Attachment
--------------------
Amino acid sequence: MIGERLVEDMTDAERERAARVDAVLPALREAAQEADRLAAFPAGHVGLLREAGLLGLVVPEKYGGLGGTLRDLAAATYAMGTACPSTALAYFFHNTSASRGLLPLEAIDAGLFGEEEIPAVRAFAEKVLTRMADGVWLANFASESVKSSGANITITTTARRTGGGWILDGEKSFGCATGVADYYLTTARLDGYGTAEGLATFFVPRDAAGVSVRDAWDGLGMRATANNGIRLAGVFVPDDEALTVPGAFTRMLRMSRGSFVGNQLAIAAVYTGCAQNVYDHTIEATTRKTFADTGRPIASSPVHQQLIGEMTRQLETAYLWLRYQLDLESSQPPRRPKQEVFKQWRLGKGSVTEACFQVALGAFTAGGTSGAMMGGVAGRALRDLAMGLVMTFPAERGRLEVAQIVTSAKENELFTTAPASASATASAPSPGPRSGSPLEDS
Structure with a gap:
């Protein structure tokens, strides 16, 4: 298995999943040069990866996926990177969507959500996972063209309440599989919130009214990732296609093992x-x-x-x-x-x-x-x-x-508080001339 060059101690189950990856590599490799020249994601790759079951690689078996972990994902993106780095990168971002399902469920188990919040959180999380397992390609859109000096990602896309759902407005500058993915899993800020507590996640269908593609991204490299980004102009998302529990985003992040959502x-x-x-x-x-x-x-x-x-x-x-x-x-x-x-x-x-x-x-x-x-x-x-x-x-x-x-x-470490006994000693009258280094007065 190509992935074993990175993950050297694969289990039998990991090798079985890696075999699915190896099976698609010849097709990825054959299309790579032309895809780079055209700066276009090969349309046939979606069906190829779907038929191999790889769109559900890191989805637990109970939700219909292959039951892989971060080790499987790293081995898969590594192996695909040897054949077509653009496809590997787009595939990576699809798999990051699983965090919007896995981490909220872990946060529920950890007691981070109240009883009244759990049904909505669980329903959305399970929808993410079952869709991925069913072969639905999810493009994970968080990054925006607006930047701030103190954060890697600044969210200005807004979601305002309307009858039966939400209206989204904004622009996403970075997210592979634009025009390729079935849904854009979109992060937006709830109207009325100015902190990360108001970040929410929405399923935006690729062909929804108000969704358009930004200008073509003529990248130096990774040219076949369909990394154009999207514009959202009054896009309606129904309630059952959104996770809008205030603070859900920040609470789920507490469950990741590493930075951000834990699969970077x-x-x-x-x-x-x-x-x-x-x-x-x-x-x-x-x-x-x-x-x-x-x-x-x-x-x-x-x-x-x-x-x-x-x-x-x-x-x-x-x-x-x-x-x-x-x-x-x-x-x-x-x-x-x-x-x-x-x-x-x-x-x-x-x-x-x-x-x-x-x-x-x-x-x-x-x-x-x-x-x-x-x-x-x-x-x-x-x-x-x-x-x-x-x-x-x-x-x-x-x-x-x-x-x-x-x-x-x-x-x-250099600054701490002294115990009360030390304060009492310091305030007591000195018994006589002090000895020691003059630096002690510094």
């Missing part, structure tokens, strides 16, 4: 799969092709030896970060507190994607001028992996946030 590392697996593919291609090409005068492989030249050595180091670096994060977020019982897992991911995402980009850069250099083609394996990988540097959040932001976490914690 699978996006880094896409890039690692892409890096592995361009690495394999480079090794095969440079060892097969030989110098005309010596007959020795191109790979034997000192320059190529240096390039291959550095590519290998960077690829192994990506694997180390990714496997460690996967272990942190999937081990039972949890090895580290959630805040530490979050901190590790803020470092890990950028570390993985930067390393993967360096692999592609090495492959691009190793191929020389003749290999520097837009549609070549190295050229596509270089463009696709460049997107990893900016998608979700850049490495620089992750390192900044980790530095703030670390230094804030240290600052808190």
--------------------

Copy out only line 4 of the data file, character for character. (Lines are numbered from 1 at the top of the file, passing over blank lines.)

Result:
């Missing part, structure tokens, strides 16, 4: 799969092709030896970060507190994607001028992996946030 590392697996593919291609090409005068492989030249050595180091670096994060977020019982897992991911995402980009850069250099083609394996990988540097959040932001976490914690 699978996006880094896409890039690692892409890096592995361009690495394999480079090794095969440079060892097969030989110098005309010596007959020795191109790979034997000192320059190529240096390039291959550095590519290998960077690829192994990506694997180390990714496997460690996967272990942190999937081990039972949890090895580290959630805040530490979050901190590790803020470092890990950028570390993985930067390393993967360096692999592609090495492959691009190793191929020389003749290999520097837009549609070549190295050229596509270089463009696709460049997107990893900016998608979700850049490495620089992750390192900044980790530095703030670390230094804030240290600052808190």